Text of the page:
Expert perspectives on metastatic hormone-sensitive prostate cancer and the current state of the treatment armamentarium.
Alicia Morgans, MD, MPH: Let’s move on to our next module. We’ll talk about metastatic hormone-sensitive prostate cancer. Scott, let’s start with you. Can you review the landscape of treatment as we know it?
Scott T. Tagawa, MD, MS, FACP: Sure. There are some discussions, and it’s likely the terminology will change. Officially, by working group and ASCO [American Society of Clinical Oncology] definitions, we’re talking about metastatic noncastrate. When they start therapy, their serum level of testosterone is normal, or at least not very low. But castration-sensitive and hormone-sensitive are more or less synonyms, just to put that out there. There are 2 main flavors of patients walking in the door: those with that first diagnosis and those who have recurrence. I’ll mention that first.
For some patients who have an entry primarily, that’s a consideration. I’ll leave it at that, because I’m giving an overview. The nice thing about this disease state is that we have a lot of treatment options. These treatment options don’t improve things by just a little—“a little” is my scientific term—by hazard ratio for weeks or months. These are significant improvements in risk reduction for death that translate into years of survival, even when the same drugs are used later. More specifically, ADT [androgen deprivation therapy] has been in the backbone. As a general rule, that can be a surgical bilateral orchiectomy; otherwise, we use LHRH antagonists or agonists.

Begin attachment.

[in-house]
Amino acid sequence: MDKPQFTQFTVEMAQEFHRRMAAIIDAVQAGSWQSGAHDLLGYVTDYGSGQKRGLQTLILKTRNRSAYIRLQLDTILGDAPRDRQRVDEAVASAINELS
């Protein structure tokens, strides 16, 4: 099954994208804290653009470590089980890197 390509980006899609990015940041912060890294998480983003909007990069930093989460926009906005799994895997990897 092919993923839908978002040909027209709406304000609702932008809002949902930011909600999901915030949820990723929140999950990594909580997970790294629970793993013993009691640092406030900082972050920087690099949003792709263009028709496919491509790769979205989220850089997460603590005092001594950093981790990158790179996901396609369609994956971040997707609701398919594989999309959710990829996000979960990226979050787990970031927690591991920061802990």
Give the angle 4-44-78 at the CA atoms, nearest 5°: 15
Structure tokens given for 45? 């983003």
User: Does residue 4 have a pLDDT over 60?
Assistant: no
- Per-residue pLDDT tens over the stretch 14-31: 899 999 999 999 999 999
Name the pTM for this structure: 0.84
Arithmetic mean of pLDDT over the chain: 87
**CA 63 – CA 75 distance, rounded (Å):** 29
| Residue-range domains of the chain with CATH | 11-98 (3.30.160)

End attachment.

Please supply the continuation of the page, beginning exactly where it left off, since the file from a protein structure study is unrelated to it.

Unless there’s an exception, which is rare, they should be getting something else, such as an AR [androgen receptor] pathway inhibitor or chemotherapy. We’ll go over some recent data for the triplets. ADT and docetaxel, at least in some of the subsets that present with metastatic disease and have higher-volume disease, do better when we add in a potent AR pathway inhibitor, as well as data for AR pathway inhibitors having a significant overall survival vs ADT alone. I’ll emphasize that it’s a rare-patient population that should be getting only 1 drug.
Alicia Morgans, MD, MPH: Thank you. That’s going to be a key message as we go through this entire section, that the standard of care is ADT plus a partner, whether that’s an AR-targeted agent, ADT plus docetaxel, or even a triplet as you mentioned. Thank you so much for mentioning that.
Transcript edited for clarity.